8 Top Places to Visit in Northern Vietnam
Although Northern Vietnam gets fewer visitors than Ho Chi Minh City and the coastal cities in the south, this is a region of the country not to be missed. Not only is the region home to Hanoi, Vietnam’s capital, it is also where you’ll find breathtaking bays, stunning rice terraces and unbeatable scenery. Northern Vietnam’s cultural attractions are just as diverse ranging from the chaotic highland markets to the hill-tribes in the far north. Narrowing down the many options to fit your itinerary can be tricky, but this list can help point you to the region’s top destinations.
Read more: Discover Northeast Vietnam Travel
If you only visit one place in Northern Vietnam, it will likely be Hanoi. As the nation’s capital, Hanoi is an exhilarating blend of eastern and western culture. French colonialism is visible through cuisine as well as architecture, particularly in the French Quarter in the Hoàn Kiếm District. Hanoi is packed with incredible temples, and a visit to the 11th century Temple of Literature is a must-do activity. The side-by-side Ho Chi Minh Museum and Mausoleum are also major attractions in Hanoi, and both are striking buildings from the exterior.
Ha long bay
Towering limestone pillars and tiny islets topped by forest rise from the emerald waters of the Gulf of Tonkin. Designated a World Heritage Site in 1994, Halong Bay’s scatter of islands, dotted with wind- and wave-eroded grottoes, is a vision of ethereal beauty and, unsurprisingly, northern Vietnam’s number one-tourism hub.
Sprawling Halong City (also known as Bai Chay) is the bay’s main gateway, but its high-rises are a disappointing doorstep to this site. Most visitors opt for cruise tours that include sleeping on board within the bay, while a growing number are deciding to eschew the main bay completely, heading straight for Cat Ba Island from where trips to less-visited but equally alluring Lan Ha Bay are easily set up.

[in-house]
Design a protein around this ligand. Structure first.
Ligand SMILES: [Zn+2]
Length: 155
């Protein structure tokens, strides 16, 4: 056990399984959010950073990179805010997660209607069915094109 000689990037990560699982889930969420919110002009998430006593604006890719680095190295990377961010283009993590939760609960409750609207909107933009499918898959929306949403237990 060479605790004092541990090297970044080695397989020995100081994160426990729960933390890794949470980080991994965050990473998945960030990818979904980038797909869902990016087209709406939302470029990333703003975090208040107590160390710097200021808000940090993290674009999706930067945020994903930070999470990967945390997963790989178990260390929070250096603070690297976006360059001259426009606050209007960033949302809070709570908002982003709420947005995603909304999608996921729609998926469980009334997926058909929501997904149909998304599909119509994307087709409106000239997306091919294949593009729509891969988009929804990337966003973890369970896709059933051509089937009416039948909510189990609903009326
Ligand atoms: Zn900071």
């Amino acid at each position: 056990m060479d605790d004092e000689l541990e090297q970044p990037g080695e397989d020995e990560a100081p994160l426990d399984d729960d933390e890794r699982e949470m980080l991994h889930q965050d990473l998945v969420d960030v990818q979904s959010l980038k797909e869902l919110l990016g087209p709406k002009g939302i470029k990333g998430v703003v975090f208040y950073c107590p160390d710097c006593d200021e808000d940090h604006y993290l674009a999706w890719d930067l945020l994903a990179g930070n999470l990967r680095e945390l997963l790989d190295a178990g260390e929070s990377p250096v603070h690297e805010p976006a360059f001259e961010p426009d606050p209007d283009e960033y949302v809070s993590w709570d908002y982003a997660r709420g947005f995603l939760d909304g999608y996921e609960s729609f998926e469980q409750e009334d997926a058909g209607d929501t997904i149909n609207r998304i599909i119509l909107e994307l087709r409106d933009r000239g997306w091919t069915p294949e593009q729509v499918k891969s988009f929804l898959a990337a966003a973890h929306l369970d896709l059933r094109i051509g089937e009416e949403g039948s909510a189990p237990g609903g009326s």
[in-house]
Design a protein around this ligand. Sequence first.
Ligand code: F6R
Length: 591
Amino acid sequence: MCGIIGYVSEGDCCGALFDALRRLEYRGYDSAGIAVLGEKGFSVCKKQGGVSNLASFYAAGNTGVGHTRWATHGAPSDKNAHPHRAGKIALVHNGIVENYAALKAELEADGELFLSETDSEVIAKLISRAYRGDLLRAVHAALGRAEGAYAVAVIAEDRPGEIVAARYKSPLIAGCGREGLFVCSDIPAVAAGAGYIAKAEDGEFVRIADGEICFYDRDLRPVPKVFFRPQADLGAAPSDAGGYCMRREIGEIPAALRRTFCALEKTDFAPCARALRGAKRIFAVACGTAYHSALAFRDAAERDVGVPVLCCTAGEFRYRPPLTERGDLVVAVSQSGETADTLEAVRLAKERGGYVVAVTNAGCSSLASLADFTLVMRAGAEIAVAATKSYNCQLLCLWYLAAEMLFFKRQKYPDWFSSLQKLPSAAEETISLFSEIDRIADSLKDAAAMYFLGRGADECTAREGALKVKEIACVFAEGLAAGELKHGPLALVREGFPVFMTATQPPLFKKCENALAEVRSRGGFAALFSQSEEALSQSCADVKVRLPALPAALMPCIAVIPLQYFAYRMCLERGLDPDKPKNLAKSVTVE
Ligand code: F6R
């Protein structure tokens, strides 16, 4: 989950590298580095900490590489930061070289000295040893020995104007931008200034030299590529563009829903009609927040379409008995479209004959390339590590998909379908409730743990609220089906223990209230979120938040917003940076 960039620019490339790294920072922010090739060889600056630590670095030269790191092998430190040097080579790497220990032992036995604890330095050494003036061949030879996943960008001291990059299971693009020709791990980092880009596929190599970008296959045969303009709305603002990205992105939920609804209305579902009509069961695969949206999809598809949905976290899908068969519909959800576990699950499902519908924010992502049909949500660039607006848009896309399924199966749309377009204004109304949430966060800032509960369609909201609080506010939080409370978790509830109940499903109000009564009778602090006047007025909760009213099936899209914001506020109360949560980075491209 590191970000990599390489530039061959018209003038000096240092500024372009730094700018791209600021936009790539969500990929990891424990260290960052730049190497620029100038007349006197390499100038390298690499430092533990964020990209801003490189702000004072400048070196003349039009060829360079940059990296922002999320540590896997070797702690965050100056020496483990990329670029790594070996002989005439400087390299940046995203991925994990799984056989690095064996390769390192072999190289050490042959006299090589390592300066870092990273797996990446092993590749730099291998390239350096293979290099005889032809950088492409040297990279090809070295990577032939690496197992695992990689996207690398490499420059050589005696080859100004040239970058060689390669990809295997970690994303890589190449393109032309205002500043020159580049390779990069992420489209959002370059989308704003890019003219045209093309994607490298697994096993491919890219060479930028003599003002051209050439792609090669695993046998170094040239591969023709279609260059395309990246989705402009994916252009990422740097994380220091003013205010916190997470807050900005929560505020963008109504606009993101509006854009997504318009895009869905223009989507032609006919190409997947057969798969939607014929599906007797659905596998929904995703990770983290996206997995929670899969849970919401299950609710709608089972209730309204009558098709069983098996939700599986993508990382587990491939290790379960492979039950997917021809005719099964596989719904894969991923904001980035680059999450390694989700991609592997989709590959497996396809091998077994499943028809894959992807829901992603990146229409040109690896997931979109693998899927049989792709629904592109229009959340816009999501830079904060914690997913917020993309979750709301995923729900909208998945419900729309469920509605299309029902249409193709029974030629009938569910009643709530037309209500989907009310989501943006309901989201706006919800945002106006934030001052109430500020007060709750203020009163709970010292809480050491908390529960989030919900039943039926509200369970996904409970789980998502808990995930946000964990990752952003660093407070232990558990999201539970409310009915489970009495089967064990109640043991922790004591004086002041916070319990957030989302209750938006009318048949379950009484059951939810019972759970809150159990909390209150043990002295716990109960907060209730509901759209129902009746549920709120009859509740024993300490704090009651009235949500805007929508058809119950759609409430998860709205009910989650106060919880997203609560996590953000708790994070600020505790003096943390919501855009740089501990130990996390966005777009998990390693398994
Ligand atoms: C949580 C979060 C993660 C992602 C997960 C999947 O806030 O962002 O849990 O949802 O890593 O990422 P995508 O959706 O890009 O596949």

All visitors must purchase entry tickets for the national park (40,000d) and there are also separate admission tickets for attractions in the bay, such as caves and fishing villages (30,000d to 50,000d).
The mountainous town of Sapa is known for its culturally diverse population as well as its proximity to incredible scenery. Sapa itself is home to the members of many hill tribes, including the Hmong, the Dao, the Muong and the Tay. The town also overlooks the magnificent Muong Hoa Valley and its terraced rice fields, which are staggering to behold. If you want to get an inside look at the local residents and their cultures, then head to Sapa for an overnight trek or a homestay. You can hike out to the more remote villages and then spend the night, dining and learning from the hill tribe residents.
Ha Giang is the final frontier in northern Vietnam, an amazing landscape of limestone pinnacles and granite outcrops. The far north of the province has some of the most spectacular scenery in the country – if not the region – and the trip between Yen Minh and Dong Van, and then across the Mai Pi Leng Pass to Meo Vac, is quite mind-blowing. Ha Giang should be one of the most popular destinations in this region, but its distance from just about everywhere else keeps visitor numbers at a low level.